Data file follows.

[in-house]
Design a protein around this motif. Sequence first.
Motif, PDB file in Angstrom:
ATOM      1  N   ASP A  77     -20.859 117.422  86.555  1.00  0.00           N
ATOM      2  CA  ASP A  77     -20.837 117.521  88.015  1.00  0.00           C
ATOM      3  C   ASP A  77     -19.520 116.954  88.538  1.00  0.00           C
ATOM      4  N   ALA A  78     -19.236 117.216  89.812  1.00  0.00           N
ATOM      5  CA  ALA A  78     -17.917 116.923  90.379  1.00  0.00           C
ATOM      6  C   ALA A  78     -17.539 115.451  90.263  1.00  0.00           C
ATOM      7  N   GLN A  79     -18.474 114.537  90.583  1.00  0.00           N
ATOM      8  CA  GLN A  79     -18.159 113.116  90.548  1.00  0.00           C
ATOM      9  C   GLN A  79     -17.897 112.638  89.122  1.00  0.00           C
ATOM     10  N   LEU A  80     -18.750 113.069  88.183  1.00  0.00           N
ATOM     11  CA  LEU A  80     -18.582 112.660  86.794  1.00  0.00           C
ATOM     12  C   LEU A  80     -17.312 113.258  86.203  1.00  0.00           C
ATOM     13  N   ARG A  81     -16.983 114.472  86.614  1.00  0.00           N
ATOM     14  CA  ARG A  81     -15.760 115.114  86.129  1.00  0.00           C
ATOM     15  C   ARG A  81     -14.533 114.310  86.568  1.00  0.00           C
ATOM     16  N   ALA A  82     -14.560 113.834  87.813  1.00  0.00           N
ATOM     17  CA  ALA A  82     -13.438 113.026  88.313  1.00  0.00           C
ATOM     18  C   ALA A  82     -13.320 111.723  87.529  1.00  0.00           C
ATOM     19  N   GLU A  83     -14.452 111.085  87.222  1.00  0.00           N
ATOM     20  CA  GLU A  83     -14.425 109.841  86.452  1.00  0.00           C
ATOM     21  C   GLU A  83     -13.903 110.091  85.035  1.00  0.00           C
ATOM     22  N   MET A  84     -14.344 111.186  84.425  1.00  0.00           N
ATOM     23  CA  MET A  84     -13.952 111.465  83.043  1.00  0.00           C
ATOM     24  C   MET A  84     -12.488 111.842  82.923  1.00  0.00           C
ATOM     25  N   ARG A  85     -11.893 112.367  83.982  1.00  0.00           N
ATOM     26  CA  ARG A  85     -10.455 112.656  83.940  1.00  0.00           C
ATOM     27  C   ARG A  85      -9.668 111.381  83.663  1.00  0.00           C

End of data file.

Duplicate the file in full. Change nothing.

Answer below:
[in-house]
Design a protein around this motif. Sequence first.
Motif, PDB file in Angstrom:
ATOM      1  N   ASP A  77     -20.859 117.422  86.555  1.00  0.00           N
ATOM      2  CA  ASP A  77     -20.837 117.521  88.015  1.00  0.00           C
ATOM      3  C   ASP A  77     -19.520 116.954  88.538  1.00  0.00           C
ATOM      4  N   ALA A  78     -19.236 117.216  89.812  1.00  0.00           N
ATOM      5  CA  ALA A  78     -17.917 116.923  90.379  1.00  0.00           C
ATOM      6  C   ALA A  78     -17.539 115.451  90.263  1.00  0.00           C
ATOM      7  N   GLN A  79     -18.474 114.537  90.583  1.00  0.00           N
ATOM      8  CA  GLN A  79     -18.159 113.116  90.548  1.00  0.00           C
ATOM      9  C   GLN A  79     -17.897 112.638  89.122  1.00  0.00           C
ATOM     10  N   LEU A  80     -18.750 113.069  88.183  1.00  0.00           N
ATOM     11  CA  LEU A  80     -18.582 112.660  86.794  1.00  0.00           C
ATOM     12  C   LEU A  80     -17.312 113.258  86.203  1.00  0.00           C
ATOM     13  N   ARG A  81     -16.983 114.472  86.614  1.00  0.00           N
ATOM     14  CA  ARG A  81     -15.760 115.114  86.129  1.00  0.00           C
ATOM     15  C   ARG A  81     -14.533 114.310  86.568  1.00  0.00           C
ATOM     16  N   ALA A  82     -14.560 113.834  87.813  1.00  0.00           N
ATOM     17  CA  ALA A  82     -13.438 113.026  88.313  1.00  0.00           C
ATOM     18  C   ALA A  82     -13.320 111.723  87.529  1.00  0.00           C
ATOM     19  N   GLU A  83     -14.452 111.085  87.222  1.00  0.00           N
ATOM     20  CA  GLU A  83     -14.425 109.841  86.452  1.00  0.00           C
ATOM     21  C   GLU A  83     -13.903 110.091  85.035  1.00  0.00           C
ATOM     22  N   MET A  84     -14.344 111.186  84.425  1.00  0.00           N
ATOM     23  CA  MET A  84     -13.952 111.465  83.043  1.00  0.00           C
ATOM     24  C   MET A  84     -12.488 111.842  82.923  1.00  0.00           C
ATOM     25  N   ARG A  85     -11.893 112.367  83.982  1.00  0.00           N
ATOM     26  CA  ARG A  85     -10.455 112.656  83.940  1.00  0.00           C
ATOM     27  C   ARG A  85      -9.668 111.381  83.663  1.00  0.00           C